From your point of view, is there really nothing to the accusation of “cultural appropriation”?

Mellow Mark: In principle I always think it’s positive when things are questioned. From my point of view, the crucial question is whether cultural appropriation should be taken out of its context solely for economic reasons and only turned into money. It’s always about whether this is a cultural enrichment or just a particularly clever form of exploitation? A Gucci bag with a peace sign clearly falls into the latter category.

And what do you think of the accusation made in Bern that reggae music may only be played by those affected?

Mellow Mark: I think that’s nonsense. Of course, I keep asking myself to what extent musicians and artists are allowed to use things that do not come from their own culture without the authors participating in it. And of course I have a stake in this form of business, since I use music that does not come from my culture.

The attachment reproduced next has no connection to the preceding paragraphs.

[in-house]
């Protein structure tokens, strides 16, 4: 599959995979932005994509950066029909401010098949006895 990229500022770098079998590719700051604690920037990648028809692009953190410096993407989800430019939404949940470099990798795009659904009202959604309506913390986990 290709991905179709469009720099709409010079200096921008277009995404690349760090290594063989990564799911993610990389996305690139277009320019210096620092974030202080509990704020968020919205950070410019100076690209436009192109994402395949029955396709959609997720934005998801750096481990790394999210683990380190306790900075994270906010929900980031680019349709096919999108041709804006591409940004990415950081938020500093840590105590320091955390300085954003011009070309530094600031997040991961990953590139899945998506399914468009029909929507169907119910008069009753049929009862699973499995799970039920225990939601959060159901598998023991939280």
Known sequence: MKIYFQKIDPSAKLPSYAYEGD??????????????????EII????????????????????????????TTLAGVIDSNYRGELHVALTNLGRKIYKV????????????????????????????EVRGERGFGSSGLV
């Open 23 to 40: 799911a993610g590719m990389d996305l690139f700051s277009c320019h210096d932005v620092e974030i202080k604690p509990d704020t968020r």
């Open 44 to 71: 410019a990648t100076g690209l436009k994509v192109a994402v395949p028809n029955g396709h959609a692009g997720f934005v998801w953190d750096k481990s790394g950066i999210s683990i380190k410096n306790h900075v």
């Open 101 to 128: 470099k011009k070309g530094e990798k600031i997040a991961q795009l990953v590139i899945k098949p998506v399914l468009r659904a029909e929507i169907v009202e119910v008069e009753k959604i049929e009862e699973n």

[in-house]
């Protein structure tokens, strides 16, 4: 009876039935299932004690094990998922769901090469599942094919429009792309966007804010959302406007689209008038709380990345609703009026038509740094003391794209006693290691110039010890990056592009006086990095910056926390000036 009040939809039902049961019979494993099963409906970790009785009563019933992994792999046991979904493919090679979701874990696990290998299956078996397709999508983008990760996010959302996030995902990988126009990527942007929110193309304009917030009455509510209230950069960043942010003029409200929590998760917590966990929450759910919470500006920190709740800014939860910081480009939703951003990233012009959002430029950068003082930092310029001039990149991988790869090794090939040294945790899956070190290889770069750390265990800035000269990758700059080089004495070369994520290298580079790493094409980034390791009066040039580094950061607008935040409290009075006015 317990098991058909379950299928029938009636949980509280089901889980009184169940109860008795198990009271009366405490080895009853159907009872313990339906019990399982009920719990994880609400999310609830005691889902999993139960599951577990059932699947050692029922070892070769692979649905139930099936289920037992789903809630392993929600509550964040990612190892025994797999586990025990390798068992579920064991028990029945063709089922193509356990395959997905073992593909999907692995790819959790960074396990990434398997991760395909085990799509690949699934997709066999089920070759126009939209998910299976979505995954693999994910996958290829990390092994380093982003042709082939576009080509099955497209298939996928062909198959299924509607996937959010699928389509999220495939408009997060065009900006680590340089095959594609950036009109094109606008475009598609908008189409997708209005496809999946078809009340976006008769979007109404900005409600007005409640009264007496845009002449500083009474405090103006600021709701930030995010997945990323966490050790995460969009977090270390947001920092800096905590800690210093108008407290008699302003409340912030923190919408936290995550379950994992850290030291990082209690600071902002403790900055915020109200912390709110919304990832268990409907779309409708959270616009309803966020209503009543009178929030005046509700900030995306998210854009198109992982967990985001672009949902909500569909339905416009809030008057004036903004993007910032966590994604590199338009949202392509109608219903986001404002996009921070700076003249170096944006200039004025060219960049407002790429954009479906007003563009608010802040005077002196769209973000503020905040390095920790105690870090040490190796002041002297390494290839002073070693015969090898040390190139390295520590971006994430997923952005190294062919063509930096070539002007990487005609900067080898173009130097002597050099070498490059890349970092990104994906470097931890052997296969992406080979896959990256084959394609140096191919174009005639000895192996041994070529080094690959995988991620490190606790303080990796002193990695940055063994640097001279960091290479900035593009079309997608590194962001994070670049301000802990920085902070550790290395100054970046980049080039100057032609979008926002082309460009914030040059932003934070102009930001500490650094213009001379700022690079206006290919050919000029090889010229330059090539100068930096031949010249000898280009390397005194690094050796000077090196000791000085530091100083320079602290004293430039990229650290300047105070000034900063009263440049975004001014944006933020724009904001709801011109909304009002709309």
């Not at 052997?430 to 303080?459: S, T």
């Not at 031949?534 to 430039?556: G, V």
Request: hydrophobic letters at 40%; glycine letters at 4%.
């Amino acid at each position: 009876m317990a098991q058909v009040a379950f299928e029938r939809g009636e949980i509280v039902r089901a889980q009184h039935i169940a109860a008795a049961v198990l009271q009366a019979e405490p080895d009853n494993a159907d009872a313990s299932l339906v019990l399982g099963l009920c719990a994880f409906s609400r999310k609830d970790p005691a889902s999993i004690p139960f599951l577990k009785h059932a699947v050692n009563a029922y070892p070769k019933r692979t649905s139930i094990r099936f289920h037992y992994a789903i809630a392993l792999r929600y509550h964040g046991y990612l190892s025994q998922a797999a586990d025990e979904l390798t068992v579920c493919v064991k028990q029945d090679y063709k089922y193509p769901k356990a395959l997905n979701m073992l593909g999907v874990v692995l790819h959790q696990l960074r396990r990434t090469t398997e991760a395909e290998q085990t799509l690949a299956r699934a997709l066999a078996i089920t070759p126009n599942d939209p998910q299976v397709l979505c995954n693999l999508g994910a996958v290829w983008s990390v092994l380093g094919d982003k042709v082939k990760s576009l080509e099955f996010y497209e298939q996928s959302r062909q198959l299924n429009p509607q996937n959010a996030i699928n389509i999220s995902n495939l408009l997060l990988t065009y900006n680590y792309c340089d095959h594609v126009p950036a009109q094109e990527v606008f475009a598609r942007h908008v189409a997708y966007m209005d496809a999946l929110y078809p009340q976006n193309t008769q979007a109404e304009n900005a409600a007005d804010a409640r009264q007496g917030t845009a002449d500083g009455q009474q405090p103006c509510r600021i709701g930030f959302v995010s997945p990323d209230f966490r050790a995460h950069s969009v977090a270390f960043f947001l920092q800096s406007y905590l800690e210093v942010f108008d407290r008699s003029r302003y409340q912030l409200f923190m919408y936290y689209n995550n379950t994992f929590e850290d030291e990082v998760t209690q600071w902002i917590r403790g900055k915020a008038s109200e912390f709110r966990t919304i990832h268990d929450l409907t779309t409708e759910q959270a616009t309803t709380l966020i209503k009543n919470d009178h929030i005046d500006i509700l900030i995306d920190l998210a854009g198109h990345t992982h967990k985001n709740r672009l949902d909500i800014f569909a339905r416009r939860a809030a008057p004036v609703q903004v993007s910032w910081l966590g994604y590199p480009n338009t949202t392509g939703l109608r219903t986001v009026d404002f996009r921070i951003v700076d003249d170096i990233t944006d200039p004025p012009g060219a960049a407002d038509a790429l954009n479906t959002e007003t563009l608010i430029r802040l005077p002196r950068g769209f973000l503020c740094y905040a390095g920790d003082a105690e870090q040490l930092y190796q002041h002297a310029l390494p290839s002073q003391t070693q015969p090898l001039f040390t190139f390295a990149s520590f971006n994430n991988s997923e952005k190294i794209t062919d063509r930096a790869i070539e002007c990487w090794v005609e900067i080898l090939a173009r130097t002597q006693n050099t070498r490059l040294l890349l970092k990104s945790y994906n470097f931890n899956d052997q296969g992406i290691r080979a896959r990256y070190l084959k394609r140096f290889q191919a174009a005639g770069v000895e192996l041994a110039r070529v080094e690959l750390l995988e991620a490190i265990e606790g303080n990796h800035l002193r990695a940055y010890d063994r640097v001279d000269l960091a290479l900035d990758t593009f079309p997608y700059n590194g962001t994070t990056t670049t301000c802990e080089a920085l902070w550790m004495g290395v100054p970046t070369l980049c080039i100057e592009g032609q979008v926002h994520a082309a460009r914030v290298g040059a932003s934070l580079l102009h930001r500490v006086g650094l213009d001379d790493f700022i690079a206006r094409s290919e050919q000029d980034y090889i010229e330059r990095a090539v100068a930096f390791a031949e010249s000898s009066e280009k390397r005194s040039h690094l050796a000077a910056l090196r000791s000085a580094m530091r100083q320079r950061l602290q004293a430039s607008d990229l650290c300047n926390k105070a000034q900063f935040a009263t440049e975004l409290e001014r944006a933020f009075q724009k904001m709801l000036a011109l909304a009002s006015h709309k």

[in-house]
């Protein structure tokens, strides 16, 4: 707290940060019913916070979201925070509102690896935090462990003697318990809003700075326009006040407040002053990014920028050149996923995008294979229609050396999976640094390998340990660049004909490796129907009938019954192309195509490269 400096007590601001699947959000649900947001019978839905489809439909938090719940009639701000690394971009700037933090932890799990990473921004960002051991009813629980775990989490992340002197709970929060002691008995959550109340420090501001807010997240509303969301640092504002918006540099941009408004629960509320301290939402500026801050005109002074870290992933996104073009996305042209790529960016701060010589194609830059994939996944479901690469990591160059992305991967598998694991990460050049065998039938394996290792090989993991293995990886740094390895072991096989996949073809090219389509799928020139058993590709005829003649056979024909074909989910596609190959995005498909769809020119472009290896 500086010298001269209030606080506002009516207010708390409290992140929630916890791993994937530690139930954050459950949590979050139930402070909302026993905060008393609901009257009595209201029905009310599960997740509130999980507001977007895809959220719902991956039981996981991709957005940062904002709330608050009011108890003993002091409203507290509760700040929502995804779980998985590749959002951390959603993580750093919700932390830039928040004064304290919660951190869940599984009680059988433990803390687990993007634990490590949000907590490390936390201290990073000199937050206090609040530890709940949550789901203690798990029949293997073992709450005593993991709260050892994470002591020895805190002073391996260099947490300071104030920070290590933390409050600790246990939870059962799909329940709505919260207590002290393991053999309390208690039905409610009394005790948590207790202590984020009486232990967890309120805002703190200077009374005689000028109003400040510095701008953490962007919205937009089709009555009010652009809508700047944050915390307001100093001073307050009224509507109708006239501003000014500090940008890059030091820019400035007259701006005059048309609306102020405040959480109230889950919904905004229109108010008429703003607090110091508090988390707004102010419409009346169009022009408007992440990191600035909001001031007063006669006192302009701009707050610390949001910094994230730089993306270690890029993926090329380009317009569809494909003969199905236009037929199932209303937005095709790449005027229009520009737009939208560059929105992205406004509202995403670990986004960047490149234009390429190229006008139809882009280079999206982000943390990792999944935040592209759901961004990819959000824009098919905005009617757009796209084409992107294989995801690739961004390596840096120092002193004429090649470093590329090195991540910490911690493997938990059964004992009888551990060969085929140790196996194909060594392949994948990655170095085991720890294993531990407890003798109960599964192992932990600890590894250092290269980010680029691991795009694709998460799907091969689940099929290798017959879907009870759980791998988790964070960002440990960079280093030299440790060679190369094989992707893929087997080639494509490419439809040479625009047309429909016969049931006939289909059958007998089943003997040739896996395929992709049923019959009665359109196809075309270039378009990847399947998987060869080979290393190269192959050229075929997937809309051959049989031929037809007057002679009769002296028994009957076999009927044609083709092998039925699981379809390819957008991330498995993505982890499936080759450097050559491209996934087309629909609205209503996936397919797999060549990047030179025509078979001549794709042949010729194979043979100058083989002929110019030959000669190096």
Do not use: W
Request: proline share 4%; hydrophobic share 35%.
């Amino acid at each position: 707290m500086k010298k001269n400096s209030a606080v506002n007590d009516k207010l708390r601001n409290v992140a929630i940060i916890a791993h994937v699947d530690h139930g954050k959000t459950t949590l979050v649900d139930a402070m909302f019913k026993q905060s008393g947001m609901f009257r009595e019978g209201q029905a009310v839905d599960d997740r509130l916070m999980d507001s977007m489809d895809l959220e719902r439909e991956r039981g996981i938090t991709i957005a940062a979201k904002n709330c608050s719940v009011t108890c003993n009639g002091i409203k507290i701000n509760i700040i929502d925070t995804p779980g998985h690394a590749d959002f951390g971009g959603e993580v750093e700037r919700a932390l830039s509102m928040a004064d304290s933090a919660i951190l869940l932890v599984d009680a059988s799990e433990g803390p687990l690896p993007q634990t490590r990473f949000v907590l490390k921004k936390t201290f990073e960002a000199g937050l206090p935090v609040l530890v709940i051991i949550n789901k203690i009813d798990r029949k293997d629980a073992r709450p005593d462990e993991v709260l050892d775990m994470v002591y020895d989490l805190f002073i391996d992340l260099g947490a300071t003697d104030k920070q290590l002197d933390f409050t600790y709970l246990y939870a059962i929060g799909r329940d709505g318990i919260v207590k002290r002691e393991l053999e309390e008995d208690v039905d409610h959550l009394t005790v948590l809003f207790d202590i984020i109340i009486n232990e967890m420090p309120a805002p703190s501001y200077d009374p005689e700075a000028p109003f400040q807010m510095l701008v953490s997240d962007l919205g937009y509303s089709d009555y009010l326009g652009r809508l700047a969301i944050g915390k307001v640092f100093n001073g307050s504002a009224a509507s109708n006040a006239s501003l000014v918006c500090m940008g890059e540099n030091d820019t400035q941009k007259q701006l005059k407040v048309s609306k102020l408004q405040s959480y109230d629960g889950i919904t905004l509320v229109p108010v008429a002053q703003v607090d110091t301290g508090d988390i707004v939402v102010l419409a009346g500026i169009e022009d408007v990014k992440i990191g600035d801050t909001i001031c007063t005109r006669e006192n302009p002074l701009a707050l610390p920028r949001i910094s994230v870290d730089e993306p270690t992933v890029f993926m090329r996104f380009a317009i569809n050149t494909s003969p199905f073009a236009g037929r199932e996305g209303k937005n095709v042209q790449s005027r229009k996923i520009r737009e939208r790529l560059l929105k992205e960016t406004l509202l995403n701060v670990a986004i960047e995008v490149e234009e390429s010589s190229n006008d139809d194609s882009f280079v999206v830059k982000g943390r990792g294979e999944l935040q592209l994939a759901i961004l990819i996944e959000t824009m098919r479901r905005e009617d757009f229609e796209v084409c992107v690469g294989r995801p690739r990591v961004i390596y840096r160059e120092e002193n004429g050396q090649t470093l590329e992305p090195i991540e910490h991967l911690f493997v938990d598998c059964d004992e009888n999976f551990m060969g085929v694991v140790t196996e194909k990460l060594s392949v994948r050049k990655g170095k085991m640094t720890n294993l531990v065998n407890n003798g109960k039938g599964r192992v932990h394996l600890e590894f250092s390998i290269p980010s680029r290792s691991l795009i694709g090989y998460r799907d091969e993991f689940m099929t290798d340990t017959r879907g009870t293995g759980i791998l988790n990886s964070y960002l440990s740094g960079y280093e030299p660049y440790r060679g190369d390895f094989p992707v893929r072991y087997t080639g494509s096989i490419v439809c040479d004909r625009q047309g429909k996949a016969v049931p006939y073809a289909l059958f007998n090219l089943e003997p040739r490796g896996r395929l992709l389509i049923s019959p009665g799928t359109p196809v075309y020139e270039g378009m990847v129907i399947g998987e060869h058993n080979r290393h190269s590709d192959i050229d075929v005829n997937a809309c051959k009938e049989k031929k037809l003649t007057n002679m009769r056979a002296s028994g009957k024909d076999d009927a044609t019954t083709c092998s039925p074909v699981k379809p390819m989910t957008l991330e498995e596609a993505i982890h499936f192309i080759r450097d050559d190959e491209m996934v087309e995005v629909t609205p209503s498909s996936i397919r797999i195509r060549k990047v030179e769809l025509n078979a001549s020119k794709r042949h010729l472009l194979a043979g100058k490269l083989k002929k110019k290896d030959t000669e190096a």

But culture and art are exactly that: a crossover of different currents, a mixing of different styles that can lead to completely new styles. All this freedom in art would not exist if one were to act as the critics who blasted a concert in Bern wanted.

What do you think of the fact that the Swiss organizers in Bern gave priority to the contentious concerns of a minority, which led to the spectacular termination of the reggae concert after the break?

Mellow Mark: I wonder what Bob Marley would have said about that! As far as the concert in Bern is concerned, the cancellation was definitely a very hard decision that I would not have made.

The good thing is that the scandalous cancellation has sparked a debate that creates an opportunity to talk carefully about content and arguments and not about gut feelings. In this way, everyone can develop further, both the musicians and the audience and organizers.

The only thing that must not happen is the exclusion of artistic freedom. Because canceling culture ultimately leads to the death of culture. Without this bang in Bern, neither of us would probably have conducted this interview, in which we openly deal with the subject.